OAGC Member Spotlight Spring 2021

The OAGC Web Design and Marketing Subcommittee is proud to launch our quarterly Member Spotlight beginning with one of our longest practicing colleagues, Betsy Schmalz. Read on to learn more about Betsy’s journey in the genetic counseling field and see her advice for newcomers. Be sure to check back next quarter for our next member spotlight!

Betsy Schmalz, MS, LGC

Tell us a little about your time as a genetic counselor:

In June, I will have been practicing for 36 years. My first genetic counseling job was in 1985 at the University of South Florida in Tampa. Some fun facts: we did not have a molecular geneticist until 1987. When he joined our team, we all wondered what his role would be (little did we know!). Dysmorphology was key to our pediatric genetics clinics. We used special paper and an “invisible ink” pad to document the dermatoglyphics for each of our pediatric patients. We believed that loops, whorls, and arches were very meaningful. In the prenatal clinic, we tested many parents for “double satellites” because, at the time, there was thought to be a correlation with an increased risk for nondisjunction. We have come a long way since 1985!

In the 1980’s and early 1990’s we had less than 12 attendees at the Ohio Genetic Counselor meetings. Back then, the meetings were much more casual. Lunch was typically a pot-luck event. The group was so small we could get together at Snow Trails for a ski weekend. At the time, Nationwide Children’s Hospital had a Genetics outreach clinic in Mansfield. Shirley Krueger was the genetic counselor who hosted the ski outings! Once, we met for a nice outdoor summer meeting at Lake Mohawk near Canton. Judy Betts, Aultman Hospital genetic counselor, hosted that meeting.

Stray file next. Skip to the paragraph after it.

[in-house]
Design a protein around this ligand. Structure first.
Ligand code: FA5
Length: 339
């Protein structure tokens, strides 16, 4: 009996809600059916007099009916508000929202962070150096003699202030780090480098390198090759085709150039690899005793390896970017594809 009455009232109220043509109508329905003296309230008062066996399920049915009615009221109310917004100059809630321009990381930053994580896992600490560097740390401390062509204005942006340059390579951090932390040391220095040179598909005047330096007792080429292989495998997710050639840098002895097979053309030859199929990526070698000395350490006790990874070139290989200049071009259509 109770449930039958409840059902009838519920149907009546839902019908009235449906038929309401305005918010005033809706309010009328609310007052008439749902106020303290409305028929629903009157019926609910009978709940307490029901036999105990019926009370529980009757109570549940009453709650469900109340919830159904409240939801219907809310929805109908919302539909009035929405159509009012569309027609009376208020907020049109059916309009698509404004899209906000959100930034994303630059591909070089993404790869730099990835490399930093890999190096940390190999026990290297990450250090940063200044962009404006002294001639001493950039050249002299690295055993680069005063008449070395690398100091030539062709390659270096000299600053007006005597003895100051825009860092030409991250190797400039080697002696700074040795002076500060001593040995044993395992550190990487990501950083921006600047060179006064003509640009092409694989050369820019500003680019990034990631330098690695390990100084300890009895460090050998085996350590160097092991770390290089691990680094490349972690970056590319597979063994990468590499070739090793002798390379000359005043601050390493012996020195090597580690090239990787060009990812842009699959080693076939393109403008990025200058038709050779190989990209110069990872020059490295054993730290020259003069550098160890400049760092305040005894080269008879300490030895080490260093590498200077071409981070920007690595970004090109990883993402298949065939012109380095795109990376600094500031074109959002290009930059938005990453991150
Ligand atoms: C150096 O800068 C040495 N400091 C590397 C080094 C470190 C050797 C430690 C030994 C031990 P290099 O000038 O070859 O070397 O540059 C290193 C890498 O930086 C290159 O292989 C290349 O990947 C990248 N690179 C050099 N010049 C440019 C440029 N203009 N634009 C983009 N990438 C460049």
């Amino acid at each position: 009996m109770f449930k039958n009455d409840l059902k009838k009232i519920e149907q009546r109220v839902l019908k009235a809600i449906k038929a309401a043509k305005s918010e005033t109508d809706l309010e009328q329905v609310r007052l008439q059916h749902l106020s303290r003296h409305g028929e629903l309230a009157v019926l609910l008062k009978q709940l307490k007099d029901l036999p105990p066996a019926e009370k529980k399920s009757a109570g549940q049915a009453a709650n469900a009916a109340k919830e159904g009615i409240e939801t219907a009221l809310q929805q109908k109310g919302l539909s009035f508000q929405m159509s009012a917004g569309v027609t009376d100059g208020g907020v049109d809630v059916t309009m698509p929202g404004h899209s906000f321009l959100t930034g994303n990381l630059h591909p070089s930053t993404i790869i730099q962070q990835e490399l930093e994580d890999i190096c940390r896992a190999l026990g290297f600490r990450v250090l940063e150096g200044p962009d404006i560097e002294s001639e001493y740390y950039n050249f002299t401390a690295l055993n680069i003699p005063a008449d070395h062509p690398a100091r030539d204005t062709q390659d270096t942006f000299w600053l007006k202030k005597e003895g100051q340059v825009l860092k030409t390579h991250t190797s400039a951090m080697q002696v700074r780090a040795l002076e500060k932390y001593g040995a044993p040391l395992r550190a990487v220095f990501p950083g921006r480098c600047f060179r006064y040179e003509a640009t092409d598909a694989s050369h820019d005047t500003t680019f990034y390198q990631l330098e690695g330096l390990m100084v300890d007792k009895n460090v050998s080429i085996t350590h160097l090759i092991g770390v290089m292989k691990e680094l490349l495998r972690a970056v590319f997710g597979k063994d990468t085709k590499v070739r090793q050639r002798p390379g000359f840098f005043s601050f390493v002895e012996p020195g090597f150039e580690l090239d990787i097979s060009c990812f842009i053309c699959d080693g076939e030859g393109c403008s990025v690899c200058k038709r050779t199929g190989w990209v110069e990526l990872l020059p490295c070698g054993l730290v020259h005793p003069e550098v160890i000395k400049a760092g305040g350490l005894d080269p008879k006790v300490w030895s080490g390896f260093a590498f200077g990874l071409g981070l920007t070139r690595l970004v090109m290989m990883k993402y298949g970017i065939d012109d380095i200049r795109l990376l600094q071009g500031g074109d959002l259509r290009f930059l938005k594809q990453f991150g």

What led you to a career in genetic counseling?

I fell in love with an undergraduate Human Genetics course at the University of Cincinnati.

What aspect of genetic counseling do you find the most satisfying?

I really enjoy connecting with the patients and families. Working in the pediatric/adult setting, it is especially satisfying to share with a family we have finally identified a genetic explanation for their child’s clinical features. Some of our families started their genetics journey over 20 years ago. They are thrilled to now have a name for their child’s condition, the opportunity to connect with other families, and sometimes, the opportunity for a treatment or enrollment in a clinical trial.

In five years, what changes do you see occurring in the field of genetic counseling?

I hope respect for the expertise and utility of genetic counselors will continue to grow. I hope genetic counselors will continue to have more and more opportunities.

What advice would you give a new genetic counseling graduate?

Go into the field with an open mind! You just might find your niche.

If you could not be a genetic counselor, what career would you pursue?

If I were not a genetic counselor, I would definitely pursue a career in art. I enjoy drawing, painting, and designing as a hobby.

Be sure to check back next quarter for our next member spotlight! If you are interested in participating in an upcoming Member Spotlight or would like to nominate a fellow genetic counselor, please contact the OAGC Web Design and Marketing subcommittee at OAGCmarketing@ohiogenetics.org.

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